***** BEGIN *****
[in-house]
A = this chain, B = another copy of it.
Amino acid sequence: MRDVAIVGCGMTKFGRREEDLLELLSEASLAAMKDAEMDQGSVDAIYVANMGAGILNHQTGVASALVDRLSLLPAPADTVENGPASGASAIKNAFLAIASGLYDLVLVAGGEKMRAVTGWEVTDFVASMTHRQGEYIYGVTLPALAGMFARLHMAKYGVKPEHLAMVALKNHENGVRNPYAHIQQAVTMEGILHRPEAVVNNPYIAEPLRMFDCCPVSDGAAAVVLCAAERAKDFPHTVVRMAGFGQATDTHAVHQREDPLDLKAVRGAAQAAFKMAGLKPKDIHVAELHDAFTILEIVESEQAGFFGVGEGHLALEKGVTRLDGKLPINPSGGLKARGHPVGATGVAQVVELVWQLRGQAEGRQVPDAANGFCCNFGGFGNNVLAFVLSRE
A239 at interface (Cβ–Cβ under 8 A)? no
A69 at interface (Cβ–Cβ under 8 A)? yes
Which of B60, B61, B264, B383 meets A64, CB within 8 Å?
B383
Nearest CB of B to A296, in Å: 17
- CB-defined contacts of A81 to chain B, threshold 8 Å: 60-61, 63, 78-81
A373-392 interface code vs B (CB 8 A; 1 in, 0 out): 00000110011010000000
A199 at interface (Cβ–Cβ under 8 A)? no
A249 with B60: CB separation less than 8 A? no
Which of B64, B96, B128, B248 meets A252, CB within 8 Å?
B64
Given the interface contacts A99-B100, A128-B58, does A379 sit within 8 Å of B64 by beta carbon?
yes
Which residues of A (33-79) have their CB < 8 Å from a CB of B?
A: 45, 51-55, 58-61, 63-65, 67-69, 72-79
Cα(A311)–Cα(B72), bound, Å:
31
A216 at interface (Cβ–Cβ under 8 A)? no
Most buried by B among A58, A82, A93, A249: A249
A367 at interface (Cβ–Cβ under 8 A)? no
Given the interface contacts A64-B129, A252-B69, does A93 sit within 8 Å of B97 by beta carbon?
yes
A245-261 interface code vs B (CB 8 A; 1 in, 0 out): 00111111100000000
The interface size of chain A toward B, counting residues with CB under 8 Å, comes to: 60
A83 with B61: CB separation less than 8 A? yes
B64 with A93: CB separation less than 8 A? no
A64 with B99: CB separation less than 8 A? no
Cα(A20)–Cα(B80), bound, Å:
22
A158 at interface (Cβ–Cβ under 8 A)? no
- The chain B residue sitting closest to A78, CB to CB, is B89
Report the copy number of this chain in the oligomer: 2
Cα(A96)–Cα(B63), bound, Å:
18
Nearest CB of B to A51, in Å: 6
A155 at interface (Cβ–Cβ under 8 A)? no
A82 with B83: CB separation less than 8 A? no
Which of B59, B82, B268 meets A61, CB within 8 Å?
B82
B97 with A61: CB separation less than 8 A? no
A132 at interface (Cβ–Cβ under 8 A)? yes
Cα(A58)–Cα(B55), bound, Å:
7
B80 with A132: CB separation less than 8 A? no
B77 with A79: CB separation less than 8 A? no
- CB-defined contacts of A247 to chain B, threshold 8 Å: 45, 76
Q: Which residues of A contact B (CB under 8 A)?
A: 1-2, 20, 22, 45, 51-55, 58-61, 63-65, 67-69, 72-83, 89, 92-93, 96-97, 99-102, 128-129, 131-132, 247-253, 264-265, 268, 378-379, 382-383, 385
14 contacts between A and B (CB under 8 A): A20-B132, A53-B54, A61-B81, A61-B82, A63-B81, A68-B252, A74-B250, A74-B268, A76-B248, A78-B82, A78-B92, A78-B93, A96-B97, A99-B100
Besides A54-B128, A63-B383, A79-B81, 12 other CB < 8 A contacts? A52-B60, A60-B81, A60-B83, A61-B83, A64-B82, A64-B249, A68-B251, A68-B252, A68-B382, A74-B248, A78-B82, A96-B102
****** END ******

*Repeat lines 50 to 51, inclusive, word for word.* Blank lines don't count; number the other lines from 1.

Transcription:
Q: Which residues of A contact B (CB under 8 A)?
A: 1-2, 20, 22, 45, 51-55, 58-61, 63-65, 67-69, 72-83, 89, 92-93, 96-97, 99-102, 128-129, 131-132, 247-253, 264-265, 268, 378-379, 382-383, 385